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Discussion Starter · #1 ·
I have three fully recovered PMV pigeons which I have been taking care of since January. Two of them have mated and look very happy an in love. The third one is constantly looking through the window "dreaming" to be free (I feel).
The weather is nice now and I am considering releasing them, but I have heard that as soon as the weather gets cold again and food scarce, the PMV symptoms will come back. What would be the best thing to do in this situation? Should I release them even though their symptoms may come back in the winter?
 

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Their symptoms can return anytime they are stressed. There are lots of things that could do that.
 

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I would say do not release any PPMV survivors...

Since, as Jay3 already said, they supposedly can have transient returns or wellings of some neurological symptoms at unpredictable times, temporarily lose the ability to fly or peck well, star gazing, twirling, etc, and, in the 'Wild', this could be their end.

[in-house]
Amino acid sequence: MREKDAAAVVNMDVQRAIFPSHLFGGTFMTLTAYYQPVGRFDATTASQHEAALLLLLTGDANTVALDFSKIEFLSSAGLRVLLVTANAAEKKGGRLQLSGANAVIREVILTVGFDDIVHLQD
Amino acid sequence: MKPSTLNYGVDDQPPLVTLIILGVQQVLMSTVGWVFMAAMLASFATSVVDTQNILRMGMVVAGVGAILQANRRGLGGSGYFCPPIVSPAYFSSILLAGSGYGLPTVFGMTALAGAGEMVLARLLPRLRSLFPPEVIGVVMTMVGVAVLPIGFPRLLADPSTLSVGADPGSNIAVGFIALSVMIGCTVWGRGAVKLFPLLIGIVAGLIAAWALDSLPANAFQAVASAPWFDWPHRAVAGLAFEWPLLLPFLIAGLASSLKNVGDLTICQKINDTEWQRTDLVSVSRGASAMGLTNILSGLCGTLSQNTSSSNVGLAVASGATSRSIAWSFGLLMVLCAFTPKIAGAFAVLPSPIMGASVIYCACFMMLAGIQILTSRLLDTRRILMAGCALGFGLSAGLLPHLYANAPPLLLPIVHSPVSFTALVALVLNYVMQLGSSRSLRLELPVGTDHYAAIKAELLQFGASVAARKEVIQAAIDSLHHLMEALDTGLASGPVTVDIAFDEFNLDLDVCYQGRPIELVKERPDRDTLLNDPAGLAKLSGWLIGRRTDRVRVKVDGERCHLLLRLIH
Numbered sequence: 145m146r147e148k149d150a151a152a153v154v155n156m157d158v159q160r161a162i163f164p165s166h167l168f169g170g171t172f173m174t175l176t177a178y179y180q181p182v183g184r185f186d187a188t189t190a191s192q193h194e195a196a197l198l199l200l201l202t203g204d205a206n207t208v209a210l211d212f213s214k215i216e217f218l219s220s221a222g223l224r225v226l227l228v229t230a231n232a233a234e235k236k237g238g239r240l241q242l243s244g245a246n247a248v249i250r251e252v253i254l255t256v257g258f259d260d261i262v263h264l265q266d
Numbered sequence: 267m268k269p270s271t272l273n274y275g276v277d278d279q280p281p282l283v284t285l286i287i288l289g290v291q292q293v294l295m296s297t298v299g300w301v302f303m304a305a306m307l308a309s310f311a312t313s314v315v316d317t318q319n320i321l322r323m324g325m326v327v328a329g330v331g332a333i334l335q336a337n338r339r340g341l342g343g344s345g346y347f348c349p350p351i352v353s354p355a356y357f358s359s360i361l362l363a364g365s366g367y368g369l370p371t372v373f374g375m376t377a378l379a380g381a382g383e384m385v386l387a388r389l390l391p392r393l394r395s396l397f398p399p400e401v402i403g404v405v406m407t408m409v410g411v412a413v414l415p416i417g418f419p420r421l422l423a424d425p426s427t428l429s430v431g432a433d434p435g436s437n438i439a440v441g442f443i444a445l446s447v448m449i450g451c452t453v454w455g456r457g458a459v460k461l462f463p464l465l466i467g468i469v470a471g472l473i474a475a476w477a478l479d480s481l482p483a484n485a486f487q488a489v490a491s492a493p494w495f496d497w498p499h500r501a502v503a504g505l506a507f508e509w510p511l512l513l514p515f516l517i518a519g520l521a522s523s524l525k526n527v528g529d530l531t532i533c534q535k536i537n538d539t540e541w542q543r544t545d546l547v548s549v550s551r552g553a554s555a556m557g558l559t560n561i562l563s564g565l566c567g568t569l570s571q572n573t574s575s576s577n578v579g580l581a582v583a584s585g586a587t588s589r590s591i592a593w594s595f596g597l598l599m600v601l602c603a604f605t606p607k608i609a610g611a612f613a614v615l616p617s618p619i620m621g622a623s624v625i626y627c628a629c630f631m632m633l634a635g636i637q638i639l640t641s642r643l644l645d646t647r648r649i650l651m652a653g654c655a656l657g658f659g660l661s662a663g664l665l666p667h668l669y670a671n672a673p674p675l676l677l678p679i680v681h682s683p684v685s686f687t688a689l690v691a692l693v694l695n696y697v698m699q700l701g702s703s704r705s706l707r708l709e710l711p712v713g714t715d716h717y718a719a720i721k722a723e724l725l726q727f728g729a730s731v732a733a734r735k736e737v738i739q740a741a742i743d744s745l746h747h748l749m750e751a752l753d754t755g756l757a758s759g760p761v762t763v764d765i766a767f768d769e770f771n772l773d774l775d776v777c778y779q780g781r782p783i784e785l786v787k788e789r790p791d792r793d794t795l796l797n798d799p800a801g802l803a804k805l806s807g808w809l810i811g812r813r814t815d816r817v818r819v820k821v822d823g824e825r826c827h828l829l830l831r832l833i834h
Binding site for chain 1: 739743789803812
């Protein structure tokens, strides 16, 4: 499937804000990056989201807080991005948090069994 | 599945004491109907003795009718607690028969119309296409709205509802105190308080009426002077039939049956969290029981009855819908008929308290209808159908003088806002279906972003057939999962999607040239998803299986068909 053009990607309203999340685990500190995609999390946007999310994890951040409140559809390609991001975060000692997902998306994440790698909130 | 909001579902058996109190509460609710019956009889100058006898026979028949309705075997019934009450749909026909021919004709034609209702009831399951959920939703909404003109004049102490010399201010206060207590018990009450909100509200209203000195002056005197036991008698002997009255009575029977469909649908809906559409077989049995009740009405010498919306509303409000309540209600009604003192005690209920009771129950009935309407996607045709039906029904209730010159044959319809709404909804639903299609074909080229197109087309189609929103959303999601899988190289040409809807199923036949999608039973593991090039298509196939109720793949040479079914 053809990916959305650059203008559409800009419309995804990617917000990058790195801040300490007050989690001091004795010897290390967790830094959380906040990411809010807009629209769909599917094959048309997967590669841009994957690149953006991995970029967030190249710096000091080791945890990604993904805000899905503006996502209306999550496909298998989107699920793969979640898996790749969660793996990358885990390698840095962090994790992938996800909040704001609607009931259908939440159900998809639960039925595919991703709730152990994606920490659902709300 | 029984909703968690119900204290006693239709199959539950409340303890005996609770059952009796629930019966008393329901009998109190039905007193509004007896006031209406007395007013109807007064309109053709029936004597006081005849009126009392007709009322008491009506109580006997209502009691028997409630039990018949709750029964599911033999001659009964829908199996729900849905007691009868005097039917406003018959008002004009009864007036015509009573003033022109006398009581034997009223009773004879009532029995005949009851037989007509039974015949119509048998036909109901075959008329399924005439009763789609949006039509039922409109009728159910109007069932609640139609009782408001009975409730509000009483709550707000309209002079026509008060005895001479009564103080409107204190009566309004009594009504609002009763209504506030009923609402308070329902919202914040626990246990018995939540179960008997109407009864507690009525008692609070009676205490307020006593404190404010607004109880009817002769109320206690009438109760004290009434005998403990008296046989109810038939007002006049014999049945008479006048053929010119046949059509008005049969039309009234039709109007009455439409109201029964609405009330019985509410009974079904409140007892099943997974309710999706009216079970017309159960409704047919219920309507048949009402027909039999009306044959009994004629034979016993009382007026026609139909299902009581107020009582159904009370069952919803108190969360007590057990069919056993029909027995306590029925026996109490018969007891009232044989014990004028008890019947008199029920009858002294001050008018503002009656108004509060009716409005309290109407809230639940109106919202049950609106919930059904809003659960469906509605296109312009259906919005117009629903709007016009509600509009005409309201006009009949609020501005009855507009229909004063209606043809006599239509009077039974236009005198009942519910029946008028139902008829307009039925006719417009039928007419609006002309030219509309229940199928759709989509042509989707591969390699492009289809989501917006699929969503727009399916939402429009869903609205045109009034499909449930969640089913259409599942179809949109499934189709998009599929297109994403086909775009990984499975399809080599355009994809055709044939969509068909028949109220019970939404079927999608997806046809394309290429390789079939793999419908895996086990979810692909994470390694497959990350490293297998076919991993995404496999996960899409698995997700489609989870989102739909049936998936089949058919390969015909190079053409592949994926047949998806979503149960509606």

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I wouldn't release them...

I have been rescuing PPMV pigeons for 10 years now, and the incidence of so-called "relapses" or deterioration of residual nervous symptoms among those that remain in the aviary is high. Feefo, the first of my PPMV rescues, made what I thought was a a full recovery (but when I took her to the vet about another problem he pointed out that she had an almost imperceptible eye tremor and advised me not to release her) Then after 6 months she suddenly she got subtantially worse than she had ever been during her isolation period.

The disease causes permanent lesions in the brain, (and in other organs). One of my survivors only showed very mild torticollis for about 7 years, then suddenly deteriorated.

However, their life expectancy in captivity is high. Three of them have been with me for over 9 years .
 

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I would ask...how do you know they had PMV?
 

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Any bird with neurological problems shouldn't be released.
Symptoms usually come back when the bird is stressed and this can be anytime:
lack of food or water,
during the moult,
during the mating period,
predator attack.

I would suggest keeping them safe inside.
 

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Any bird with neurological problems shouldn't be released.
Symptoms usually come back when the bird is stressed and this can be anytime:
lack of food or water,
during the moult,
during the mating period,
predator attack.

I would suggest keeping them safe inside.
Plamen...isn't this the cause with only PMV?
 
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